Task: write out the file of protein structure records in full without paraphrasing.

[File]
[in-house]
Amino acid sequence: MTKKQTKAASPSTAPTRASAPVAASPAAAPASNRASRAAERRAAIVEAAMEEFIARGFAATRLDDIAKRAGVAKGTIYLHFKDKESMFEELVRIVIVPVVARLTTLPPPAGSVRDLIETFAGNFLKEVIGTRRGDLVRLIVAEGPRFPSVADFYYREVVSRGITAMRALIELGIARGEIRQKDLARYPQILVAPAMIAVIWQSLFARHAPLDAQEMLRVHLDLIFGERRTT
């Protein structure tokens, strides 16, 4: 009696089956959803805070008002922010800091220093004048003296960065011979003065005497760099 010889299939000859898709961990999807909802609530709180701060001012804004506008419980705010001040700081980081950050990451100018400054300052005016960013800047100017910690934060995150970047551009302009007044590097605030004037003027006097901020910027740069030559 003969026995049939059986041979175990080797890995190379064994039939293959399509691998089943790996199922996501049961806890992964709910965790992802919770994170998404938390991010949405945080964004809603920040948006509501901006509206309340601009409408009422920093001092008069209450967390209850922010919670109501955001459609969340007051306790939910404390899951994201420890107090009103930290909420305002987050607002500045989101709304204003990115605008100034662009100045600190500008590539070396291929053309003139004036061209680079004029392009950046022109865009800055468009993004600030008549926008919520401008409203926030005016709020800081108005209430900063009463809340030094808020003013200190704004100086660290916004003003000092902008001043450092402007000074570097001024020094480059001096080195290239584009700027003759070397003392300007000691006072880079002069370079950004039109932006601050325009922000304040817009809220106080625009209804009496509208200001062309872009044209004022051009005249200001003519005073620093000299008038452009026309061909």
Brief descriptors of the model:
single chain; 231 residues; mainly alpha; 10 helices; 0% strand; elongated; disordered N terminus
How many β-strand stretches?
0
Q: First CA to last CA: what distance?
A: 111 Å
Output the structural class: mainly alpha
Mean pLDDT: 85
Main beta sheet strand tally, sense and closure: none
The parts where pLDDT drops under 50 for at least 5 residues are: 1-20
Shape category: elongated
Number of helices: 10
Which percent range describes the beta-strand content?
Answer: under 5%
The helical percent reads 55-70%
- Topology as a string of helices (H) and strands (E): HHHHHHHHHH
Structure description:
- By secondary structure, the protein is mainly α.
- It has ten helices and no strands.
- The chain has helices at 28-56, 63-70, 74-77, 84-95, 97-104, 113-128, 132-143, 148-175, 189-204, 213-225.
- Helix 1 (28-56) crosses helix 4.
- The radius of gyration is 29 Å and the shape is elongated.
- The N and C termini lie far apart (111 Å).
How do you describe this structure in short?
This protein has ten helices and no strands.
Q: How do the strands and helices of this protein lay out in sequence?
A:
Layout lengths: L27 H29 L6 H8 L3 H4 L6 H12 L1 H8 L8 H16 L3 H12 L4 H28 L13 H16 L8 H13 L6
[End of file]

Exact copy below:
[in-house]
Amino acid sequence: MTKKQTKAASPSTAPTRASAPVAASPAAAPASNRASRAAERRAAIVEAAMEEFIARGFAATRLDDIAKRAGVAKGTIYLHFKDKESMFEELVRIVIVPVVARLTTLPPPAGSVRDLIETFAGNFLKEVIGTRRGDLVRLIVAEGPRFPSVADFYYREVVSRGITAMRALIELGIARGEIRQKDLARYPQILVAPAMIAVIWQSLFARHAPLDAQEMLRVHLDLIFGERRTT
């Protein structure tokens, strides 16, 4: 009696089956959803805070008002922010800091220093004048003296960065011979003065005497760099 010889299939000859898709961990999807909802609530709180701060001012804004506008419980705010001040700081980081950050990451100018400054300052005016960013800047100017910690934060995150970047551009302009007044590097605030004037003027006097901020910027740069030559 003969026995049939059986041979175990080797890995190379064994039939293959399509691998089943790996199922996501049961806890992964709910965790992802919770994170998404938390991010949405945080964004809603920040948006509501901006509206309340601009409408009422920093001092008069209450967390209850922010919670109501955001459609969340007051306790939910404390899951994201420890107090009103930290909420305002987050607002500045989101709304204003990115605008100034662009100045600190500008590539070396291929053309003139004036061209680079004029392009950046022109865009800055468009993004600030008549926008919520401008409203926030005016709020800081108005209430900063009463809340030094808020003013200190704004100086660290916004003003000092902008001043450092402007000074570097001024020094480059001096080195290239584009700027003759070397003392300007000691006072880079002069370079950004039109932006601050325009922000304040817009809220106080625009209804009496509208200001062309872009044209004022051009005249200001003519005073620093000299008038452009026309061909």
Brief descriptors of the model:
single chain; 231 residues; mainly alpha; 10 helices; 0% strand; elongated; disordered N terminus
How many β-strand stretches?
0
Q: First CA to last CA: what distance?
A: 111 Å
Output the structural class: mainly alpha
Mean pLDDT: 85
Main beta sheet strand tally, sense and closure: none
The parts where pLDDT drops under 50 for at least 5 residues are: 1-20
Shape category: elongated
Number of helices: 10
Which percent range describes the beta-strand content?
Answer: under 5%
The helical percent reads 55-70%
- Topology as a string of helices (H) and strands (E): HHHHHHHHHH
Structure description:
- By secondary structure, the protein is mainly α.
- It has ten helices and no strands.
- The chain has helices at 28-56, 63-70, 74-77, 84-95, 97-104, 113-128, 132-143, 148-175, 189-204, 213-225.
- Helix 1 (28-56) crosses helix 4.
- The radius of gyration is 29 Å and the shape is elongated.
- The N and C termini lie far apart (111 Å).
How do you describe this structure in short?
This protein has ten helices and no strands.
Q: How do the strands and helices of this protein lay out in sequence?
A:
Layout lengths: L27 H29 L6 H8 L3 H4 L6 H12 L1 H8 L8 H16 L3 H12 L4 H28 L13 H16 L8 H13 L6